Anyone running a news organization — particularly one born in print, still struggling to adapt to the Internet — knows there are too many things to do: too many moves to make, too many innovations to chase, too many places to invest your limited resources of time, money, and attention. Your efforts are finite; you have to pick what to emphasize.
That’s what makes this data set from last week’s International News Media Association World Congress so interesting. More than 500 people from 41 countries gathered in New York for INMA’s annual global conference, and most of the media executives in attendance — 285 of them — were asked what were their most important priorities today. And with comparable data from previous years, we could see what was getting more important and what was getting less.
What’s hot: digital growth, mobile revenue streams, and improved data analytics.
What’s cooling off a bit: paywall development, consumer-paid content, e-commerce, and digital alternative revenue streams.
The survey findings were presented during a talk last Tuesday by INMA CEO Earl Wilkinson.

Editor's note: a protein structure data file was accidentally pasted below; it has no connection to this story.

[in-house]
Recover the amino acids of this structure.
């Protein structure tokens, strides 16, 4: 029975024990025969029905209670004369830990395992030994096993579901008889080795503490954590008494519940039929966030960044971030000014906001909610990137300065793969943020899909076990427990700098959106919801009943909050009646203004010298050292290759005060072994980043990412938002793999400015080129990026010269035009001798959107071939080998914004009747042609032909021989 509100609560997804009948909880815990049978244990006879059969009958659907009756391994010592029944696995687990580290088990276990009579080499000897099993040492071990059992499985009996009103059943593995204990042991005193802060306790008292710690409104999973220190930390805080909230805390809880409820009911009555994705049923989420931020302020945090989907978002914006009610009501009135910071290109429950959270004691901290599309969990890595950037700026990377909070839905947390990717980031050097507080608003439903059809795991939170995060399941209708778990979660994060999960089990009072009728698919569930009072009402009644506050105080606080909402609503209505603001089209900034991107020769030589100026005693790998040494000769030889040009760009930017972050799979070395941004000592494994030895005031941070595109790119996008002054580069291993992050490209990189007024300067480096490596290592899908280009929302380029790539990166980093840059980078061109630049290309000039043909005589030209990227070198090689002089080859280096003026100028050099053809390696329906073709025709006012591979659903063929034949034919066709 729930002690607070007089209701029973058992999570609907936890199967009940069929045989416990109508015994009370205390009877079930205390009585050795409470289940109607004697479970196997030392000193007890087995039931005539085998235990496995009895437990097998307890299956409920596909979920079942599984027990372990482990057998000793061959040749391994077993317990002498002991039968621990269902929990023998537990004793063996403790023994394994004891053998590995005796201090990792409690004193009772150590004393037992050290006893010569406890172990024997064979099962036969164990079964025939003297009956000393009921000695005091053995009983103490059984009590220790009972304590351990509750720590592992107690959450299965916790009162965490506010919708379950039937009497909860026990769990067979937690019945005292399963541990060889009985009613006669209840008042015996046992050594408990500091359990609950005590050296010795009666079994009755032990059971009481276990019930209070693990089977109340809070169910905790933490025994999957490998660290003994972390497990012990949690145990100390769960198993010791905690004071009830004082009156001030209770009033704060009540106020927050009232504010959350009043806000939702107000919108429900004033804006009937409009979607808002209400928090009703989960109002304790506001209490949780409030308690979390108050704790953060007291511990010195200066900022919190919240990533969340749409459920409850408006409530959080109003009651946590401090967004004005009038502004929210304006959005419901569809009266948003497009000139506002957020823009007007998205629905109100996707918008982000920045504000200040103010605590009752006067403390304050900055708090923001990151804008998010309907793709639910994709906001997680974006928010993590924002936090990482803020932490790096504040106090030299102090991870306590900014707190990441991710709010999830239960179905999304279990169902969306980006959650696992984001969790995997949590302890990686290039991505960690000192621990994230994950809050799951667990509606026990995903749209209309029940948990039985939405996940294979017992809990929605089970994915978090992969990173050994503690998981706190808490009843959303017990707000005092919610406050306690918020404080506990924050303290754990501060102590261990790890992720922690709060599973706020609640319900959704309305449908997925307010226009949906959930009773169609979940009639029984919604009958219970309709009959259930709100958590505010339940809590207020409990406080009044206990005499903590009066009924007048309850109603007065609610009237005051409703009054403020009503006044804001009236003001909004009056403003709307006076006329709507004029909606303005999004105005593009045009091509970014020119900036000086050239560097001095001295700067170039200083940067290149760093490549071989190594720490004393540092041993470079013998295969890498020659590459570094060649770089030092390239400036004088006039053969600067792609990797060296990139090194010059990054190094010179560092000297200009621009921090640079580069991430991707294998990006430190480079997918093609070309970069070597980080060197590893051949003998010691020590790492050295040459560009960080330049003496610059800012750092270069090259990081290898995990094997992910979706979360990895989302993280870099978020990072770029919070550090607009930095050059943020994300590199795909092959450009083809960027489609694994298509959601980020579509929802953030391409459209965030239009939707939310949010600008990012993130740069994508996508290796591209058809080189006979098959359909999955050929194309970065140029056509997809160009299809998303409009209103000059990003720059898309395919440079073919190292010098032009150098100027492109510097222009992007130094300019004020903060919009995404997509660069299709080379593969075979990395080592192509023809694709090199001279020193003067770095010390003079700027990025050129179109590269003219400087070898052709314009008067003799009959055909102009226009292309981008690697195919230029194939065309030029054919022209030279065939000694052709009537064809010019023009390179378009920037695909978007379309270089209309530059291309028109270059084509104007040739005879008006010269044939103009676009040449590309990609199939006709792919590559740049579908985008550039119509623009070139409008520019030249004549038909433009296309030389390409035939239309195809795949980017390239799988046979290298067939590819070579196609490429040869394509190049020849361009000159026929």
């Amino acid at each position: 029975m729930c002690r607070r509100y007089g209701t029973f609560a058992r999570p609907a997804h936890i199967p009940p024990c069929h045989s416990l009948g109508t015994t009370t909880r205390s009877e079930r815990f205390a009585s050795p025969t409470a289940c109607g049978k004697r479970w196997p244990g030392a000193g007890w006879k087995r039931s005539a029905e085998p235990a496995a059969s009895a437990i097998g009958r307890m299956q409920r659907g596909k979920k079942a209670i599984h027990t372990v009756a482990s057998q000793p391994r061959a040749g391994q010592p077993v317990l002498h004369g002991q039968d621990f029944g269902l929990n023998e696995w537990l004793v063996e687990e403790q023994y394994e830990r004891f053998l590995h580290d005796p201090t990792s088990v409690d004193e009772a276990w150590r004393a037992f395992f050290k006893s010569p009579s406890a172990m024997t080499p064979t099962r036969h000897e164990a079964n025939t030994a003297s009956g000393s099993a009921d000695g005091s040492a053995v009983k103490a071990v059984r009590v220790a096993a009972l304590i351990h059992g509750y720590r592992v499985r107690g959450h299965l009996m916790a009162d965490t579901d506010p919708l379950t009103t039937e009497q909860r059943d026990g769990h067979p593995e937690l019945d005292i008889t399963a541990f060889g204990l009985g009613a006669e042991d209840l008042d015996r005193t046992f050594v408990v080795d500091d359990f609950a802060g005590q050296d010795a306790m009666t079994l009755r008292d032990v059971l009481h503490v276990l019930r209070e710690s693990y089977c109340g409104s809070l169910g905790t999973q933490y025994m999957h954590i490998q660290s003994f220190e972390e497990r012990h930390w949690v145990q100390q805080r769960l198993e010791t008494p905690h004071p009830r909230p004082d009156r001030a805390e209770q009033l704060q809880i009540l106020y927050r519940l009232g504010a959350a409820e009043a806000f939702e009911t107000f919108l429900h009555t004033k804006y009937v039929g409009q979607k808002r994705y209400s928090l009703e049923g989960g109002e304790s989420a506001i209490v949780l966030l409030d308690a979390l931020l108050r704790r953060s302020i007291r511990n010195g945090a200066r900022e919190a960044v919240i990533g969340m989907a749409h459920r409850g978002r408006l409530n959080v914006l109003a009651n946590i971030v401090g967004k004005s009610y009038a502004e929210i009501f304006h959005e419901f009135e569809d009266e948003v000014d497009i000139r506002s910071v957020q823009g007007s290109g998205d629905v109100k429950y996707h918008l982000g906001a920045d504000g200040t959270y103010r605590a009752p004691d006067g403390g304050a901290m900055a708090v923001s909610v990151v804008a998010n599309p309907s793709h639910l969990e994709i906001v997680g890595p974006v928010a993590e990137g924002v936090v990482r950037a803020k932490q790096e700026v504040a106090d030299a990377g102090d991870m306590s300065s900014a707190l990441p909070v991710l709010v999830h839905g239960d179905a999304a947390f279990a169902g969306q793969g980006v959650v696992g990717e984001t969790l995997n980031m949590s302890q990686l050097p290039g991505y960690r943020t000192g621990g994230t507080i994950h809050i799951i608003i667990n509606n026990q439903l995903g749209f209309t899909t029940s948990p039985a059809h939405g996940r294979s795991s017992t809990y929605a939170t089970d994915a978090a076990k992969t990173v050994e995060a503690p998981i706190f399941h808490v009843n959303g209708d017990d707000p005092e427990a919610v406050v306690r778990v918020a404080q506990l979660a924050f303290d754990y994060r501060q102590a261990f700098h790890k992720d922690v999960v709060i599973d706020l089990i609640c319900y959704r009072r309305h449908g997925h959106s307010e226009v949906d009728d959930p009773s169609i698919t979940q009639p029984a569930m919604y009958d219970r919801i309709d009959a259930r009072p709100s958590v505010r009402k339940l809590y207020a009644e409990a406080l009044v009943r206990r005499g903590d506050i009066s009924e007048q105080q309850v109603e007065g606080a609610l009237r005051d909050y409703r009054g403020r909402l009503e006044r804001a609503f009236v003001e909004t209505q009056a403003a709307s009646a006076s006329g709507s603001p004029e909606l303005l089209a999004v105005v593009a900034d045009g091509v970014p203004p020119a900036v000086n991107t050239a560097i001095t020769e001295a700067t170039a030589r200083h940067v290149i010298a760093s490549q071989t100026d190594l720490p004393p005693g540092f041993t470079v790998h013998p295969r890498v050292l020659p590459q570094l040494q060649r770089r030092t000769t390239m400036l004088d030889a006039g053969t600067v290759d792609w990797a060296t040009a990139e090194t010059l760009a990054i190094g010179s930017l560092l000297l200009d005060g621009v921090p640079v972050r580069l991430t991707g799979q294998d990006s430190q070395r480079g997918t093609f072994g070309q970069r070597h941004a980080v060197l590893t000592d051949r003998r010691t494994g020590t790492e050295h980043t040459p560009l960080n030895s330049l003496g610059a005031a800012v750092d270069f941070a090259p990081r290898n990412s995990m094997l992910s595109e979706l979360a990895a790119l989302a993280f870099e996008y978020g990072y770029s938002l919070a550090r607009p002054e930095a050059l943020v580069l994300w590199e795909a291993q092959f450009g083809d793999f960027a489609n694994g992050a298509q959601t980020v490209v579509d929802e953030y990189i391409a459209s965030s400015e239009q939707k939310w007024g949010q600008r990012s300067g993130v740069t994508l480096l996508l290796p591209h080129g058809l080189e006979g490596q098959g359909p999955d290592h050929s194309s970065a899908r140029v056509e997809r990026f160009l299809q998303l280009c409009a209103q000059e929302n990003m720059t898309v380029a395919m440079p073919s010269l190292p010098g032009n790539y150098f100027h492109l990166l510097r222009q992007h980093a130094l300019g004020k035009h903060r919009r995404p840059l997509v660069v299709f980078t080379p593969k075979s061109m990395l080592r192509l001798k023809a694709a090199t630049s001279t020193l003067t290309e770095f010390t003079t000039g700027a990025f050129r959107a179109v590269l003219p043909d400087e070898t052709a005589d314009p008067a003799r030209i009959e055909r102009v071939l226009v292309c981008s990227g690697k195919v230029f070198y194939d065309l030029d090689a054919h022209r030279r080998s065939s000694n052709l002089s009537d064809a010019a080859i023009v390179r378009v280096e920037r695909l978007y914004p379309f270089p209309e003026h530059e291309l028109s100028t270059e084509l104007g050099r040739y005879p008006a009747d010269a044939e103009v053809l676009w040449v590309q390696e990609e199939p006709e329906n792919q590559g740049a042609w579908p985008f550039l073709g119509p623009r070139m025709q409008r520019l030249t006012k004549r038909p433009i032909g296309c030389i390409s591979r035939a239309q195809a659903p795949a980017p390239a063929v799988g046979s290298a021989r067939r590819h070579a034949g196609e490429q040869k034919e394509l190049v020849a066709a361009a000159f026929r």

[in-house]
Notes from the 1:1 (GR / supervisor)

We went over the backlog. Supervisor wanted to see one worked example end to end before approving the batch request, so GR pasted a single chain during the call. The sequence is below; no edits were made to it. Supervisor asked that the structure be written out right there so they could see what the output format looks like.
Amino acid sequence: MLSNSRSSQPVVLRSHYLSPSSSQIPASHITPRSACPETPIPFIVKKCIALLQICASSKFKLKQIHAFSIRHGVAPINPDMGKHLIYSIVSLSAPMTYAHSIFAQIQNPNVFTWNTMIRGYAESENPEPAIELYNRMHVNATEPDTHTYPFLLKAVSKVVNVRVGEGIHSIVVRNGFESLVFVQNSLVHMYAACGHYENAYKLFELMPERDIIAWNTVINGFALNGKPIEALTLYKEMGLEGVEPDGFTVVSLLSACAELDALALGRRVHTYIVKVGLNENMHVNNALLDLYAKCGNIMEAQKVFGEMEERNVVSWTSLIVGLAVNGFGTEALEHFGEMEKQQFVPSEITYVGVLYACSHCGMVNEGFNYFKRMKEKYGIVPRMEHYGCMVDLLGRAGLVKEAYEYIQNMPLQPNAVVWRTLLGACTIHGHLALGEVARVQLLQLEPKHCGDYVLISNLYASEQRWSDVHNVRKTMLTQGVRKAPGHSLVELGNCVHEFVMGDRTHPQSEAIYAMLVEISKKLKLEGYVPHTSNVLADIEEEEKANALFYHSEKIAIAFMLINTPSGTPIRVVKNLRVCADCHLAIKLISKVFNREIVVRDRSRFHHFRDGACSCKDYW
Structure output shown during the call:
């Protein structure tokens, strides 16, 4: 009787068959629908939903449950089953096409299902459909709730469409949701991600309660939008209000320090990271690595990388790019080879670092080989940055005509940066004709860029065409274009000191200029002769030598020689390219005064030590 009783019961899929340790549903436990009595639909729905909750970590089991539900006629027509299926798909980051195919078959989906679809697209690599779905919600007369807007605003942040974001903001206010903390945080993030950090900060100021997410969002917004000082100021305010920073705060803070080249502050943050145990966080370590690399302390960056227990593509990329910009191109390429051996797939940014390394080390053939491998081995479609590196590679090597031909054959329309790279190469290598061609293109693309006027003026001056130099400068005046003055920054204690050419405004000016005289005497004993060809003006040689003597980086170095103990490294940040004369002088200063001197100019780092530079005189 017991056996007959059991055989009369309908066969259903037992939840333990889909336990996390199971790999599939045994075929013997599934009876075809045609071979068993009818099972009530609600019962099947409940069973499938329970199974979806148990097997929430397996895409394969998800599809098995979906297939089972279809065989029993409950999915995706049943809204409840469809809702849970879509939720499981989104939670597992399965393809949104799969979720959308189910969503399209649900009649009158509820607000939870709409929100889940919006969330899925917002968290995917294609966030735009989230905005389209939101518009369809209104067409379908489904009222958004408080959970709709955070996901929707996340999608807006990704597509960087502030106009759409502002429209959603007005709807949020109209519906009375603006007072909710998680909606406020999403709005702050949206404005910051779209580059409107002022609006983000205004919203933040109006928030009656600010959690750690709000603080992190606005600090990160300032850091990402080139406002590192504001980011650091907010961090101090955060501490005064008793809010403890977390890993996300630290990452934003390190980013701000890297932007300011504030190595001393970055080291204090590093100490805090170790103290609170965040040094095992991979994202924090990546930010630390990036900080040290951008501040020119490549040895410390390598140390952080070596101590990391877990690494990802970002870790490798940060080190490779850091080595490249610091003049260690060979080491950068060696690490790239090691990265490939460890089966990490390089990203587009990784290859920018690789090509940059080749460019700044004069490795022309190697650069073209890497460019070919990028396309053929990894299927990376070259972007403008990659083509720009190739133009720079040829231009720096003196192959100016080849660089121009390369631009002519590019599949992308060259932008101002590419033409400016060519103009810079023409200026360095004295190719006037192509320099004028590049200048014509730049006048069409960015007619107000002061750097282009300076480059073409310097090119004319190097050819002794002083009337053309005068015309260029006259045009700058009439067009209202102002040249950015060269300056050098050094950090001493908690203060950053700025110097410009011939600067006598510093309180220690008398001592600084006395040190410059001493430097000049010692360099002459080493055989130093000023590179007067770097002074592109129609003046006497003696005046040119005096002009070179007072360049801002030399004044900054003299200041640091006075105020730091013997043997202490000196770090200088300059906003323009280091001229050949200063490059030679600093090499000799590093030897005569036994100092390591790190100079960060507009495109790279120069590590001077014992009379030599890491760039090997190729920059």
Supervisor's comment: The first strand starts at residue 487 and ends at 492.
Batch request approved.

The top priority overall was “future digital growth,” as 94 percent of attendees responded to the survey saying future digital growth was “absolutely critical” or “very important” — the two highest priority levels on the survey. Mobile development was next at 93 percent, followed by 92 percent saying data analytics, and 91 percent answering that improved mobile revenue streams were a priority.
Mobile revenue streams were the fastest growing priority for the surveyed attendees. This year, 69 percent said growing mobile revenue streams were “absolutely crucial” (even though the slides presented at the talk say “very crucial”). That’s an increase from 63 percent in 2014 and 48 percent in 2013. A focus on data analytics also saw significant growth: 58 percent said it was among their top priorities, up from 41 percent in 2013.
The percentage of publishers prioritizing paywall development, however, has fallen nearly in half. (That could be because their paywalls are already built out; it could also be because paywall revenue has plateaued or even dropped for many publications.) In 2013, according to the survey, 48 percent of media excutives said paywall development was “absolutely crucial.” This year, 27 percent said it was among their top priorities.
All the slides from Wilkinson’s presentation are available here.